How to use higher-order functions in Julia properly?

As was pointed out by Steven G. Johnson, higher-order functions are great part of Julia language (topic for another big discusion) and often much more suitable to solve problems that metaprogramming tools, which are for many method of choice.

I want to learn more about them and how I should use them in Julia, but I new to this topic and I don’t know where to start.

As a side note, searching of both Documentation and YouTube about metaprogramming in Julia give you few answers immediately, when my searching about higher-order functions in documentation seems to found mostly pages with words like “higher dimensions” (I didn’t check all results). And one YT video from 2017. This is unfortunate, since as Tamas Papp points out, metaprogramming is often “first trick in the bag”, when should be the last, left for advanced users.

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There are a few words and examples about this here:

I don’t know of a document that lists all there is to know about the use of functions as values.

The main points I see are:

  • A function can be used like a regular value: assigned to a variable, passed as argument, etc.

  • Such function values can be created dynamically as anonymous functions, e.g. f = x->2x, or more verbose: f = function(x) 2x end. The function can refer to (capture) variables available in the scope where it’s defined.

  • Passing functions as values is most common when working with map, filter and similar functions, as in many languages.

  • Julia has some less common uses of functions as values including

    • Composition operations that return a new function:

      julia> f = cos ∘ sin ∘ (x->2x)
      #62 (generic function with 1 method)
      julia> f(pi/2)
    • Negation operator returning a new function:

      julia> notletter = !isletter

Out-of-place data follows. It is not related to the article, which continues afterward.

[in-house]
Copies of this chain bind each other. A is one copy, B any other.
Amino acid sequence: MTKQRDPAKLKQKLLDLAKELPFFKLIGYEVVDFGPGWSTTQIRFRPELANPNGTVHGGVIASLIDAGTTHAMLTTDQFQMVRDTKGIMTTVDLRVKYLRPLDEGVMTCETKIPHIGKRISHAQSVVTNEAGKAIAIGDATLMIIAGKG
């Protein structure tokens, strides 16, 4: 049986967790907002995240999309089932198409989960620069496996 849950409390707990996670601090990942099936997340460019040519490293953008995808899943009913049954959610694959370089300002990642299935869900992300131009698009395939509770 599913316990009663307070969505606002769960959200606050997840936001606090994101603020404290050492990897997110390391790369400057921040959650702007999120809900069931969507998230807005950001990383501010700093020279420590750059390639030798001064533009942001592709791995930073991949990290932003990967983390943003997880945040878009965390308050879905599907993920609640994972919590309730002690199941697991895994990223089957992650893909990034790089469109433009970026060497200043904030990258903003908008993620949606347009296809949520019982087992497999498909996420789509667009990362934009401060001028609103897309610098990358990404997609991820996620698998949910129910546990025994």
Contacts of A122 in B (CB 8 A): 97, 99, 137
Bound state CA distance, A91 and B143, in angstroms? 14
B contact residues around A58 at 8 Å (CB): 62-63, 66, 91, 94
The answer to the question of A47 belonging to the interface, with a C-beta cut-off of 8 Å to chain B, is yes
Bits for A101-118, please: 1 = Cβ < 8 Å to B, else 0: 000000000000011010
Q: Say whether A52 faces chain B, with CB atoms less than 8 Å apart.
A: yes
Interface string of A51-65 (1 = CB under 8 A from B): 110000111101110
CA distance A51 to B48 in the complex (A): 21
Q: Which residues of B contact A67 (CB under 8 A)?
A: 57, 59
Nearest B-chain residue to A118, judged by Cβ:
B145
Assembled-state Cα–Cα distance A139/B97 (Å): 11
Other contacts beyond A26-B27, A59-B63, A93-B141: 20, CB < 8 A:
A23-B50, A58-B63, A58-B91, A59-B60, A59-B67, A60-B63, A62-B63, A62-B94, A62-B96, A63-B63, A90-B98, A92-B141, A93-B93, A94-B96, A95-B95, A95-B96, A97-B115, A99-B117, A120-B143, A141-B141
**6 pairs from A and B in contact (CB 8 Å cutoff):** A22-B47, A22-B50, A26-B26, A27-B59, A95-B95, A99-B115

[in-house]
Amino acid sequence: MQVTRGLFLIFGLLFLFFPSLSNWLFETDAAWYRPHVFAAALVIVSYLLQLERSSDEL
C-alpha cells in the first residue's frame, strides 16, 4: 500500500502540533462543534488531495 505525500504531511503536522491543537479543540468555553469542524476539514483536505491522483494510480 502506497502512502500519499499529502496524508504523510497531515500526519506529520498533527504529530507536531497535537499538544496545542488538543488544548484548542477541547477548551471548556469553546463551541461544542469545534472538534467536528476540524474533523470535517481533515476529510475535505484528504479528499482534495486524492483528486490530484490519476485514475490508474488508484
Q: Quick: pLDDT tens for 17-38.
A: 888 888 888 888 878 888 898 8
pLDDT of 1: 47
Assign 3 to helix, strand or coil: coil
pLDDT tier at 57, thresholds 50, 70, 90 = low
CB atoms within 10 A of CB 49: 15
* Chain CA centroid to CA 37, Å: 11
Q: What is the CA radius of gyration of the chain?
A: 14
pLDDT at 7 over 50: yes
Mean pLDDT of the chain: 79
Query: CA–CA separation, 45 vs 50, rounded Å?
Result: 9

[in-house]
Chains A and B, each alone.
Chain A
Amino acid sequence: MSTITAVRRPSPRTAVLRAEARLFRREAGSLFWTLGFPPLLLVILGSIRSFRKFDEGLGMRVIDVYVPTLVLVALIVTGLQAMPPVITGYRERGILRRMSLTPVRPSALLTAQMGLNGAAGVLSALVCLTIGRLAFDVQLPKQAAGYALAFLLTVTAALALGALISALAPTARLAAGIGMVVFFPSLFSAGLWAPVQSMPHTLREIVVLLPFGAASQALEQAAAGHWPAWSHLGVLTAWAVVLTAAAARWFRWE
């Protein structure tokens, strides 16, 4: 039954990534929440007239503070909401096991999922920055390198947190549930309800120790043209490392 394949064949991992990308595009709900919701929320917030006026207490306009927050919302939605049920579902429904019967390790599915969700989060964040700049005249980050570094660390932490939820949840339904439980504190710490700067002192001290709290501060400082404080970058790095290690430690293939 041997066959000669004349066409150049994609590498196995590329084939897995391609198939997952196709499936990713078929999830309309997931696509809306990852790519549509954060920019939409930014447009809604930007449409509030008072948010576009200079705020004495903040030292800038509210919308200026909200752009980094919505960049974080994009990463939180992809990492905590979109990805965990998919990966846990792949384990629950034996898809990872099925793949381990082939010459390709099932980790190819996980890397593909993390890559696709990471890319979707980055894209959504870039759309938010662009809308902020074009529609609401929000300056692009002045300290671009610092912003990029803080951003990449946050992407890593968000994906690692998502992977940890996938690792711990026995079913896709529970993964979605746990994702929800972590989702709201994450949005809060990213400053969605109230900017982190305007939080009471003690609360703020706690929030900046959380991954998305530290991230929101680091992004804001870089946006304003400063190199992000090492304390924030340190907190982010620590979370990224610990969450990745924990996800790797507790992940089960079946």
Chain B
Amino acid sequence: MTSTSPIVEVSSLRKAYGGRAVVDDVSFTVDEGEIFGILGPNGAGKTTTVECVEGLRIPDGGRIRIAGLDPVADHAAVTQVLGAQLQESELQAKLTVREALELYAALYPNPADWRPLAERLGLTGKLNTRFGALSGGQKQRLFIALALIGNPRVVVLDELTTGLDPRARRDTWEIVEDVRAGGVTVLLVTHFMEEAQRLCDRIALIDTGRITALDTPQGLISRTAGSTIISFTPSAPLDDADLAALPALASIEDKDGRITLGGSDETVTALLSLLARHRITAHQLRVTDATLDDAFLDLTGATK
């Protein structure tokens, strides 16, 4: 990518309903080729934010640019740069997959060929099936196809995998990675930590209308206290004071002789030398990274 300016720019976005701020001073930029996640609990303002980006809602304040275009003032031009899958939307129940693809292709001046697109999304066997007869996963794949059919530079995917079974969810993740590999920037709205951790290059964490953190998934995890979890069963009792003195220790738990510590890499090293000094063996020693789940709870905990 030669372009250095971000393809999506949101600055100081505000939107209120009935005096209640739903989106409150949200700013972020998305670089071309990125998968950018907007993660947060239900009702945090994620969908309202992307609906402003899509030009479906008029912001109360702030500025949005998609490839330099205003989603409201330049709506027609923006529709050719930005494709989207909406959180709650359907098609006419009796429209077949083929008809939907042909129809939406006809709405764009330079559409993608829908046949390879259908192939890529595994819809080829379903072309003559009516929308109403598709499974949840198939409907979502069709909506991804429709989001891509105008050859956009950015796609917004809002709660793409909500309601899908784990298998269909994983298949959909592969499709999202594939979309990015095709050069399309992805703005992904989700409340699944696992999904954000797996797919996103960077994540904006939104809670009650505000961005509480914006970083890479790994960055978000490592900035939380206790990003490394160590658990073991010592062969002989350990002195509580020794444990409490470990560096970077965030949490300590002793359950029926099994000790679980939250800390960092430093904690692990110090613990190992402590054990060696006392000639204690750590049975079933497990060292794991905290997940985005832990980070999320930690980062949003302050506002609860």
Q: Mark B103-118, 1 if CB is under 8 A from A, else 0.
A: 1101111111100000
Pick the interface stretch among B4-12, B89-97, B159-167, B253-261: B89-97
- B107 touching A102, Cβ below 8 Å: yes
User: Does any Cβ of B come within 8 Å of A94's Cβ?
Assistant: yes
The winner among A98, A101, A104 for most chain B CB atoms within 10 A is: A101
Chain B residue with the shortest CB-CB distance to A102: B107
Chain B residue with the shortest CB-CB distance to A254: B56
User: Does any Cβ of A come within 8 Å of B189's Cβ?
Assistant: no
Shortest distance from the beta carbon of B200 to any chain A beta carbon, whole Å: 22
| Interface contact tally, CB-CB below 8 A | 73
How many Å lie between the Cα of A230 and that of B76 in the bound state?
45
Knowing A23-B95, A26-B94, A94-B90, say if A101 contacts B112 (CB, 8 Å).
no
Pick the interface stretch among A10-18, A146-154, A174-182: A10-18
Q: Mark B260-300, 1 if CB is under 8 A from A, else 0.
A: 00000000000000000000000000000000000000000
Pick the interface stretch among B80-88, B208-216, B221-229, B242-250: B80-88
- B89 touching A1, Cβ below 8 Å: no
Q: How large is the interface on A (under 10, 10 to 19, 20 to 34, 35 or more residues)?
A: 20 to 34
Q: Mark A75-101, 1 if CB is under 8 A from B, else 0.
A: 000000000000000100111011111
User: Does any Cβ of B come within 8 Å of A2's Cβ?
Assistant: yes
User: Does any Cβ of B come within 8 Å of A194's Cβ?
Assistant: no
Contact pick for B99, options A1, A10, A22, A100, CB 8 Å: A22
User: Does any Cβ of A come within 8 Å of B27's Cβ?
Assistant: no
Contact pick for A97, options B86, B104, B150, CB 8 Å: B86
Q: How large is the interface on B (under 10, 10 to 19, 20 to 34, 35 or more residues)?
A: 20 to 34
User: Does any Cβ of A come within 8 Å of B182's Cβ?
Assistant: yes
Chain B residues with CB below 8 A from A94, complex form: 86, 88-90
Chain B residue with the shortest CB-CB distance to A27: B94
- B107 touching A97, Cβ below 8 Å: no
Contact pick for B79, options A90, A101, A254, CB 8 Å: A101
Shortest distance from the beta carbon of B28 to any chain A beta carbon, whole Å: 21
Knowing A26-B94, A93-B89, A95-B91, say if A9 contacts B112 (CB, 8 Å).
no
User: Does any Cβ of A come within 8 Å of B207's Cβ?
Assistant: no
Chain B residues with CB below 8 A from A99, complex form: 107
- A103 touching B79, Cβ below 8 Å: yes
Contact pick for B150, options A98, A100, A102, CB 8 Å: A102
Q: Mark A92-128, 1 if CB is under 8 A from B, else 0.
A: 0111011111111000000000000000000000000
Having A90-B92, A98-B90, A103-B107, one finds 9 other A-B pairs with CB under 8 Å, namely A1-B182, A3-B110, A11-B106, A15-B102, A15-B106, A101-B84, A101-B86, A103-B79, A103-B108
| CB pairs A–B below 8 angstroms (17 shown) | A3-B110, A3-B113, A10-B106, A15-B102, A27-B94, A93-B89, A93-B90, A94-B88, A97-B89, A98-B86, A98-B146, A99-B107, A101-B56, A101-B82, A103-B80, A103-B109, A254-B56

#64 (generic function with 1 method)
      julia> notletter('2')
    • Partial applications returning new functions:

      julia> under10 = <(10)
      (::Base.Fix2{typeof(<),Int64}) (generic function with 1 method)
      julia> under10(3)
      julia> hasG = contains('G')
      (::Base.Fix2{typeof(contains),Char}) (generic function with 1 method)
      julia> hasG("hello")

      A more practical example would be filter(contains('G'), myStringArray).

  • All functions have a type, which can be used for dispatch. As with any value, you can get the type with typeof:

    julia> f = x->2x
    #1 (generic function with 1 method)
    julia> g(func::typeof(f)) = "That's f!"
    g (generic function with 1 method)
    julia> g(f)
    "That's f!"
    julia> g(sin)
    ERROR: MethodError: no method matching g(::typeof(sin))

    An interesting example of dispatch on functions is : which is actually a function of type Colon. You can use it like this:

    julia> h(::Colon) = "called with :"
    h (generic function with 1 method)
    julia> h(:)
    "called with :"

    This is how syntax like a[:] works:

    julia> a = [1,2,3];
    julia> @less a[:]

    shows that the relevant getindex method is defined as:

    function getindex(A::Array, c::Colon)

That’s a very nice writeup! Please consider making a PR to the docs (I am happy to review).


I’m not sure what would be a good place in the documentation. Do you think it would belong in its own section on , although it overlaps with #man-anonymous-functions and #Function-composition-and-piping?

I would put it after sections which build up prerequities (similarly to Design Patterns with Parametric Methods), so practically after Function composition and piping.


OK I’ve put it in my Julia backlog which I hope to clear around Christmas. :slight_smile: